Technical competence without people skills – what is it costing you?

By | Leadership, Results

A common problem I see in many organisations is that somewhere in their senior management team they have a person with strong technical competence, but who lacks the essential people skills and leadership expertise. The story goes that they are leading the way with their knowledge and experience, meeting expectations, producing innovative ideas, delivering on project deadlines and are knowledge champions in their field.  However, the issue preventing them from getting ahead or a roadblock to their further success is their inability to deal with colleagues, inspire their staff and get outside their comfort zone to take the next step in their professional and personal development.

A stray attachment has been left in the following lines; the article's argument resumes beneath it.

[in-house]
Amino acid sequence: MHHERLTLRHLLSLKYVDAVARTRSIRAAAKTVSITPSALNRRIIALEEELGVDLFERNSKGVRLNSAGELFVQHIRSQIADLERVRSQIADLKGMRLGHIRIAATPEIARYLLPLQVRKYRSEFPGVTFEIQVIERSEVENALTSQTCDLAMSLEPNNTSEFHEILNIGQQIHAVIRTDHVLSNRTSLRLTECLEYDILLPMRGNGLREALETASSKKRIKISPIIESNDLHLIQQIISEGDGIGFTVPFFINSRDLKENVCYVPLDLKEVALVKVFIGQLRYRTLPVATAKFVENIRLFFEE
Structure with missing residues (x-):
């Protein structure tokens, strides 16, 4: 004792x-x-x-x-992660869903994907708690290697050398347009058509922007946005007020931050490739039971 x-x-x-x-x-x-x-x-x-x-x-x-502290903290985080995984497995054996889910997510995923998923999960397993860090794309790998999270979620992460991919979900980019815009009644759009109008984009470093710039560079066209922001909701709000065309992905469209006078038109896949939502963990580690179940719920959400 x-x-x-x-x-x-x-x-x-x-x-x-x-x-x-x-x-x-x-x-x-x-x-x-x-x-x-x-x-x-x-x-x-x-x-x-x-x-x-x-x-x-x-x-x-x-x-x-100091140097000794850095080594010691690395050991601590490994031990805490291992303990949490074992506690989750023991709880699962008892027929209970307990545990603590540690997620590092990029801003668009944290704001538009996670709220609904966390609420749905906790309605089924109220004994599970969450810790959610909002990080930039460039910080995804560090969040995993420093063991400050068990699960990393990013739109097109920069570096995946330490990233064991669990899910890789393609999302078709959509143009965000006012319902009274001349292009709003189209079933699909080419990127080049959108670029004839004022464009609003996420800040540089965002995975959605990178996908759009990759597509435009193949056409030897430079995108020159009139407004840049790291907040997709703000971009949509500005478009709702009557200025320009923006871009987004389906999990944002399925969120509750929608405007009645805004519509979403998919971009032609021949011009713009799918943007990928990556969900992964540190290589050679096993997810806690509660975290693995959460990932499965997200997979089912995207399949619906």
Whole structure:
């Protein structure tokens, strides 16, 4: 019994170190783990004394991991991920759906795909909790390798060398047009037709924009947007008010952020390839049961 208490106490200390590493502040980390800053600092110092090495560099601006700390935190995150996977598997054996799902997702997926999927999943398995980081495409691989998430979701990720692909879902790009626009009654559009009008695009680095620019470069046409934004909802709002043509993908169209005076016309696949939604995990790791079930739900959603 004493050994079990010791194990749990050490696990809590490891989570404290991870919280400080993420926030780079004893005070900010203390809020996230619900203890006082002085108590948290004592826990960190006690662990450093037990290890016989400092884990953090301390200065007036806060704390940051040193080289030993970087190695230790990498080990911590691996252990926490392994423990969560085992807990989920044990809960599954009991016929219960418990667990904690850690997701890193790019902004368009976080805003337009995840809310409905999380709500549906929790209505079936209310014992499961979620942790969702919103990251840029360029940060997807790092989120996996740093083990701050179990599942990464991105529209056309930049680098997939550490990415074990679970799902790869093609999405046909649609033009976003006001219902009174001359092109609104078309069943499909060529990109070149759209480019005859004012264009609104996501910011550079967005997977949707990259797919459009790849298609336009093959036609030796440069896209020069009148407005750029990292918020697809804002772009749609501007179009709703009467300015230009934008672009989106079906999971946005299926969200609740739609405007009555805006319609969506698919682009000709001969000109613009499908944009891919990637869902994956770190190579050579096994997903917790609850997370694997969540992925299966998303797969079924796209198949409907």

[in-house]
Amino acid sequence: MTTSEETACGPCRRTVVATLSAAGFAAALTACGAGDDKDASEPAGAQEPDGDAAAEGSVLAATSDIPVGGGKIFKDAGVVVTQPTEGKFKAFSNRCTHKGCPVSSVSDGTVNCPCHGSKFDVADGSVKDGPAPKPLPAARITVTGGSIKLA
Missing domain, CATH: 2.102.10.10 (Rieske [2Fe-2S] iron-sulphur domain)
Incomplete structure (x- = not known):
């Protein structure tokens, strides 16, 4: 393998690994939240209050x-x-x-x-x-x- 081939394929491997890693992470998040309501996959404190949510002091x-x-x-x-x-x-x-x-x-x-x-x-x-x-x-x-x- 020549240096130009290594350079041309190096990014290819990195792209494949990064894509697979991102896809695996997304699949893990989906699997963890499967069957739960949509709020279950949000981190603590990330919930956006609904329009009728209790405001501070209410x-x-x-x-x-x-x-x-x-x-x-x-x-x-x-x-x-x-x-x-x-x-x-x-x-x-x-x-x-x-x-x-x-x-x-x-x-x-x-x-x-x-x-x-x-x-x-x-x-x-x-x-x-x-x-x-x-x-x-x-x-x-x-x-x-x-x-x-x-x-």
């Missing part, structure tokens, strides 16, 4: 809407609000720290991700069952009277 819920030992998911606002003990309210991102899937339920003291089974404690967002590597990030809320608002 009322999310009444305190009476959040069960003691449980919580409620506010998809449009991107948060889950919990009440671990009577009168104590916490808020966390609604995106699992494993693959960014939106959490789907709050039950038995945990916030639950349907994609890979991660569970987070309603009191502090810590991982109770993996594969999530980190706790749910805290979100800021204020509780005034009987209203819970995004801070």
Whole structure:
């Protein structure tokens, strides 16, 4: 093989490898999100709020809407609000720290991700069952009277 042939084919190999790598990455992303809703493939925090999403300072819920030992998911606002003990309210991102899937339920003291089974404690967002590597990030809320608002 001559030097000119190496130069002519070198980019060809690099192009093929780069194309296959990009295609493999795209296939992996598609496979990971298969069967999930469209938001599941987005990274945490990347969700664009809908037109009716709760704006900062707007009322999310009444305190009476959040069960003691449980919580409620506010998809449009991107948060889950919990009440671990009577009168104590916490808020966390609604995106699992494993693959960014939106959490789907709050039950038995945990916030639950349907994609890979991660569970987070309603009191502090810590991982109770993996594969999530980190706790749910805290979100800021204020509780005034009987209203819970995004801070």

One HR Director told me that the response from a technically brilliant manager was “things are good, there aren’t any problems, no-one’s losing money – let’s keep doing things the way they are”.  Another in an accounting firm is a star – she is “a doer”.  In a client meeting, she is all business, discussing the issues and then is firing on all cylinders to get the job done. Meanwhile, the client is still pouring a cup of coffee wanting to debrief and perhaps even converse in a little banter about the weekend. In another, a technical manager has got significant staff turnover and the Managing Director refuses to do anything about his ‘leadership style’ because there is no one as good as him in the industry. Really?